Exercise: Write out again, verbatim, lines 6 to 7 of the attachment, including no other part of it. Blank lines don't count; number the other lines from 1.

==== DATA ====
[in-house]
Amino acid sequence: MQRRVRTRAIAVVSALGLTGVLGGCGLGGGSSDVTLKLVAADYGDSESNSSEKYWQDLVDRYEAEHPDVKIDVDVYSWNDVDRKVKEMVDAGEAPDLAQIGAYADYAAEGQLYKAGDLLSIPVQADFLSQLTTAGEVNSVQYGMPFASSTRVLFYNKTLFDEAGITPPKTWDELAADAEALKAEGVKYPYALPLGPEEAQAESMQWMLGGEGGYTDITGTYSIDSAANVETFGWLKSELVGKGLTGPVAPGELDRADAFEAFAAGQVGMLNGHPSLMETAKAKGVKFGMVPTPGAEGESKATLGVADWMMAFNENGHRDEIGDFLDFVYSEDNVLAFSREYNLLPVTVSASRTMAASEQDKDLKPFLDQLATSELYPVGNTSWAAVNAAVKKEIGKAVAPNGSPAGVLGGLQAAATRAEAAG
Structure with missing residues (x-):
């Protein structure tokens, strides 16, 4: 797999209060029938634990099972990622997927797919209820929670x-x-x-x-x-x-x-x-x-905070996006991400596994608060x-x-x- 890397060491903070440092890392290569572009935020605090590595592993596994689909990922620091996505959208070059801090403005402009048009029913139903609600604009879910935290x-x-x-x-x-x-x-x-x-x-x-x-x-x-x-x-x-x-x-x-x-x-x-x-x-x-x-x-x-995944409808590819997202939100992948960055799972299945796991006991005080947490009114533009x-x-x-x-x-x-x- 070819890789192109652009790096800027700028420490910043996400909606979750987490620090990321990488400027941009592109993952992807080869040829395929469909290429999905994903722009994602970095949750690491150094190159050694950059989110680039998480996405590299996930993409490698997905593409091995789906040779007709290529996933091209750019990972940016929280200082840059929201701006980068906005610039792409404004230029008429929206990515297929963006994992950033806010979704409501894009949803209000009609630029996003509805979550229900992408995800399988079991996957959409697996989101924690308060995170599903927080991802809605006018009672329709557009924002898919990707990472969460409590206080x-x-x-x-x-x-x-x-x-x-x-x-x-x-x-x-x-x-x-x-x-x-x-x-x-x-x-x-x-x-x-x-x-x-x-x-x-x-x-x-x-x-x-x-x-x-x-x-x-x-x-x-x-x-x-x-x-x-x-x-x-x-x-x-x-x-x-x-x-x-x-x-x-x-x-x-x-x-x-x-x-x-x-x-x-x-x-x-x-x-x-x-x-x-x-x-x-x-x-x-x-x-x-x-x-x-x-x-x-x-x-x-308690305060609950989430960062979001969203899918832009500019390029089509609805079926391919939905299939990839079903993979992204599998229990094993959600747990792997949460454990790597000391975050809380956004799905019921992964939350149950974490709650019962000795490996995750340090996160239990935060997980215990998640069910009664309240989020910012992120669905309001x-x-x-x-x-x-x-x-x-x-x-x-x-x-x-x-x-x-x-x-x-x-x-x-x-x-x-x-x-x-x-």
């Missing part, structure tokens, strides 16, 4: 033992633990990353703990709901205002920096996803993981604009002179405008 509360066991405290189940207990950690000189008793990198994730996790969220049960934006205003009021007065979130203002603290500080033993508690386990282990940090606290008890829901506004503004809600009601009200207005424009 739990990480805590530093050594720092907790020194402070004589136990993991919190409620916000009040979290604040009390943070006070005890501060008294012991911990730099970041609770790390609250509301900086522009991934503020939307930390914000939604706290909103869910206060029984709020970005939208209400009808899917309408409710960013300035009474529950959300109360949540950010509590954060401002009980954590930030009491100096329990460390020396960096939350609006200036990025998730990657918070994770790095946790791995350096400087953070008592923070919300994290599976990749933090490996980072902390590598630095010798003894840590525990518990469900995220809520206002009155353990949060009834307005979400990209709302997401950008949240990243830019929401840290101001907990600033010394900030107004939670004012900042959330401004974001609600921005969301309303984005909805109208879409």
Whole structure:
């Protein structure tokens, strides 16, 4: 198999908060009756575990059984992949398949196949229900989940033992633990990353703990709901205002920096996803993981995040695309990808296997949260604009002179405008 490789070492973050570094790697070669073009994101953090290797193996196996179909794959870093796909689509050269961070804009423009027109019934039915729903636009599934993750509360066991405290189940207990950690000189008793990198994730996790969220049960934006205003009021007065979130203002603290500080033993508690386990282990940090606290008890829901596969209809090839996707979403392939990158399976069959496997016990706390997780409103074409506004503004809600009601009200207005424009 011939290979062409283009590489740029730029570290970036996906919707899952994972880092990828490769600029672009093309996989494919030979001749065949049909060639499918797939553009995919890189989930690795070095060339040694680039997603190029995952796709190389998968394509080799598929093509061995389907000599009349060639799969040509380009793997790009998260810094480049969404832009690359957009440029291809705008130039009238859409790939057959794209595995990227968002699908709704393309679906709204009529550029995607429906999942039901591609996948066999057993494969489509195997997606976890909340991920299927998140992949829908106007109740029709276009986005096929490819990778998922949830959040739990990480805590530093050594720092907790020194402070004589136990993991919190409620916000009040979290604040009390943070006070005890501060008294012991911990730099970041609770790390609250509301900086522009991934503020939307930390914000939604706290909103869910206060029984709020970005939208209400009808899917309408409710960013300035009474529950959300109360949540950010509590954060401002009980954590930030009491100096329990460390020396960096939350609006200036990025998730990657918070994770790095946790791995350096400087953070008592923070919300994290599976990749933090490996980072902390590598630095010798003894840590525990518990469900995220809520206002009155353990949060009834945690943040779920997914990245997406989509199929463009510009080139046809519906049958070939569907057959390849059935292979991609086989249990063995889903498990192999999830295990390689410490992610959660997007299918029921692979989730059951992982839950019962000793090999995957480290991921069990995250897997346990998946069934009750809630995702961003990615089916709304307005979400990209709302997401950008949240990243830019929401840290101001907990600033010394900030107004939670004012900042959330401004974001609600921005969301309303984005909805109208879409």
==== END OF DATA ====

Whole structure:
């Protein structure tokens, strides 16, 4: 198999908060009756575990059984992949398949196949229900989940033992633990990353703990709901205002920096996803993981995040695309990808296997949260604009002179405008 490789070492973050570094790697070669073009994101953090290797193996196996179909794959870093796909689509050269961070804009423009027109019934039915729903636009599934993750509360066991405290189940207990950690000189008793990198994730996790969220049960934006205003009021007065979130203002603290500080033993508690386990282990940090606290008890829901596969209809090839996707979403392939990158399976069959496997016990706390997780409103074409506004503004809600009601009200207005424009 011939290979062409283009590489740029730029570290970036996906919707899952994972880092990828490769600029672009093309996989494919030979001749065949049909060639499918797939553009995919890189989930690795070095060339040694680039997603190029995952796709190389998968394509080799598929093509061995389907000599009349060639799969040509380009793997790009998260810094480049969404832009690359957009440029291809705008130039009238859409790939057959794209595995990227968002699908709704393309679906709204009529550029995607429906999942039901591609996948066999057993494969489509195997997606976890909340991920299927998140992949829908106007109740029709276009986005096929490819990778998922949830959040739990990480805590530093050594720092907790020194402070004589136990993991919190409620916000009040979290604040009390943070006070005890501060008294012991911990730099970041609770790390609250509301900086522009991934503020939307930390914000939604706290909103869910206060029984709020970005939208209400009808899917309408409710960013300035009474529950959300109360949540950010509590954060401002009980954590930030009491100096329990460390020396960096939350609006200036990025998730990657918070994770790095946790791995350096400087953070008592923070919300994290599976990749933090490996980072902390590598630095010798003894840590525990518990469900995220809520206002009155353990949060009834945690943040779920997914990245997406989509199929463009510009080139046809519906049958070939569907057959390849059935292979991609086989249990063995889903498990192999999830295990390689410490992610959660997007299918029921692979989730059951992982839950019962000793090999995957480290991921069990995250897997346990998946069934009750809630995702961003990615089916709304307005979400990209709302997401950008949240990243830019929401840290101001907990600033010394900030107004939670004012900042959330401004974001609600921005969301309303984005909805109208879409």